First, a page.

Further, he also admits that in a sense he agrees with Kriegel that “having some kind of self-awareness of conscious states is very useful for evolutionary reasons” (Ibid.). However, he argues that “it is unclear to me why having unconscious self-awareness isn’t sufficient to do the job, or why having conscious peripheral self-awareness will be so much quicker or effortless when it comes to making the shift in question” (Ibid.).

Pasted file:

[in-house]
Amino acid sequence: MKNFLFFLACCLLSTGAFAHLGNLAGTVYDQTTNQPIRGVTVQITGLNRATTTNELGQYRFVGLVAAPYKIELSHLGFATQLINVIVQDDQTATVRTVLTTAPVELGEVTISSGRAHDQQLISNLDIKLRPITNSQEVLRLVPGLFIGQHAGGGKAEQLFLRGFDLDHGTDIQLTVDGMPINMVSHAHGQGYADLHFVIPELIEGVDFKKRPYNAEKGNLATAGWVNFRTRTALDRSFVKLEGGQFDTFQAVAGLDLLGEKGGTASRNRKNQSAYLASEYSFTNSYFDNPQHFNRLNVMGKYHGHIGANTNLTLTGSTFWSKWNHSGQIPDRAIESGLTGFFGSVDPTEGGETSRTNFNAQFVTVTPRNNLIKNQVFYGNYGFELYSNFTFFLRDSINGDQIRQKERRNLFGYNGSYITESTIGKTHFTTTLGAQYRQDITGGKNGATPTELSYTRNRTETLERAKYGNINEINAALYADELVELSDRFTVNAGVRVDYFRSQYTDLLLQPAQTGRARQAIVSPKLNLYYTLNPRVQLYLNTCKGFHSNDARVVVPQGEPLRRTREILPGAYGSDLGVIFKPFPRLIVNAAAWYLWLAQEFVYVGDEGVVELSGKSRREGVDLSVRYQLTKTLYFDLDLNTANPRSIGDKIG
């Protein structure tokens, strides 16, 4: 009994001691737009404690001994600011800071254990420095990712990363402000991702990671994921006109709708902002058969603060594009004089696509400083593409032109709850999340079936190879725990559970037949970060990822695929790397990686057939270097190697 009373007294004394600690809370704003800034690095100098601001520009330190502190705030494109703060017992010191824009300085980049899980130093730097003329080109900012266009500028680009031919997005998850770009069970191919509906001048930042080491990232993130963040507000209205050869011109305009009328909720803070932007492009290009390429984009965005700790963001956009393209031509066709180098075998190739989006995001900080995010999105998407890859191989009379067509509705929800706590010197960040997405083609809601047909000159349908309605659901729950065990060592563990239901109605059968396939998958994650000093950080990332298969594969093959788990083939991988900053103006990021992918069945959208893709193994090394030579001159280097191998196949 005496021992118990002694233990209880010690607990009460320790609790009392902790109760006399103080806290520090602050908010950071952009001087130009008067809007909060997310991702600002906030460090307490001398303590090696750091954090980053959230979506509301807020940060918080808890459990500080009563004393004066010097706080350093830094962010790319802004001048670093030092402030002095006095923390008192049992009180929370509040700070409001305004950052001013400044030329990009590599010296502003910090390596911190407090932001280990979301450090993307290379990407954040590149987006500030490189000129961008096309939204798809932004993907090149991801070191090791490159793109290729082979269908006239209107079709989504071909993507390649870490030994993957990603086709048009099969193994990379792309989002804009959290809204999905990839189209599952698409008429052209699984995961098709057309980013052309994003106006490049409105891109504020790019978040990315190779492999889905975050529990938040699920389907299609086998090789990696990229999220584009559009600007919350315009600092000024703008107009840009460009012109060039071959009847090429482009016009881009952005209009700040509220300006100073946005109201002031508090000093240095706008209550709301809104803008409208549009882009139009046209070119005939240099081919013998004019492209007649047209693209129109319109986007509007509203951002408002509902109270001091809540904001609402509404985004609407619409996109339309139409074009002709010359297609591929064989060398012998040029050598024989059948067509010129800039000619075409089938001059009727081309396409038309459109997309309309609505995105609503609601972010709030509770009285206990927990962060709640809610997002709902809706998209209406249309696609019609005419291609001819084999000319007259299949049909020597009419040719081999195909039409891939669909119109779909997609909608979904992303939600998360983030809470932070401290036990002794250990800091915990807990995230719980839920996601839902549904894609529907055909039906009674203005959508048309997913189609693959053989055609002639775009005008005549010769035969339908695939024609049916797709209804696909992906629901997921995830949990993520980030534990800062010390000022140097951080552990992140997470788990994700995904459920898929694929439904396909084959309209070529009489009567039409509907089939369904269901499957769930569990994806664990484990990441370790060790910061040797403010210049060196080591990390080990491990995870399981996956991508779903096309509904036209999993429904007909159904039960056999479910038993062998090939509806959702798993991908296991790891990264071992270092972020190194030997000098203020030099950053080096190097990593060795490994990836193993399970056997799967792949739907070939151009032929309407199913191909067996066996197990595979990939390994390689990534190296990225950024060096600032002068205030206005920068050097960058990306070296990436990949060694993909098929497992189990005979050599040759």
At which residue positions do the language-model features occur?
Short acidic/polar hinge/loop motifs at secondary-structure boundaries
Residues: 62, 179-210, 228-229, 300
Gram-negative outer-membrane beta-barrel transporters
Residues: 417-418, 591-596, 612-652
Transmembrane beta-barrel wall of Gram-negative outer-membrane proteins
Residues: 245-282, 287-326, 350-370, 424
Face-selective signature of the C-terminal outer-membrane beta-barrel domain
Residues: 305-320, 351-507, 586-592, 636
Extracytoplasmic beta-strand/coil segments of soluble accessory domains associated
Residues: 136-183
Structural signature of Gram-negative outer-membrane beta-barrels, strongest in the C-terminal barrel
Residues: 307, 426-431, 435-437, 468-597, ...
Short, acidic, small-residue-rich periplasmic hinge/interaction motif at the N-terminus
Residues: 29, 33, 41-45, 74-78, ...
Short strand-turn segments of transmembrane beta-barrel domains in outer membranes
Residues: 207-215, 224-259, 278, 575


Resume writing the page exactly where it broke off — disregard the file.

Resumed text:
It can be argued that the transition from unconscious HOT to conscious HOT occurs only in introspective awareness, which is a higher-order mental state. However, as far as information received from first-order mental states, viz. Outer-world-directed perceptual states, are concerned, it makes more sense that the information is fed to an inner awareness rather than to an unconscious HOT. The immediacy with which we are able to access information about our environment by shifting our attention from one object to the other requires that this information be directly fed to our inner awareness, the reason being, if unconscious HOT accompanies outer awareness, then, according to Gennaro, information received from outer awareness is not immediately conscious but requires further processing to become conscious only via introspection. However, as far as effective and economic use of cognitive resources is concerned, it is reasonable to assume that making unconscious information conscious each time would be more demanding on the available cognitive resources. It is easier to maintain an inner awareness accompanying the outer awareness. It seems a better mechanism despite Gennaro’s contention that “unconscious HOTs can presumably become conscious HOTs more quickly, resulting in introspective conscious mental states.” In addition, “having unconscious HOTs can thus be understood, from an evolutionary perspective, as a key stepping stone to the capacity for introspection” (Gennaro 2008, p. 51). It can be argued further that it is easier to move from inner awareness of the object of a first-order mental state to introspective awareness of the mental state itself than to introspection understood as relation between a lower-order unconscious HOT and a higher-order unconscious HOT.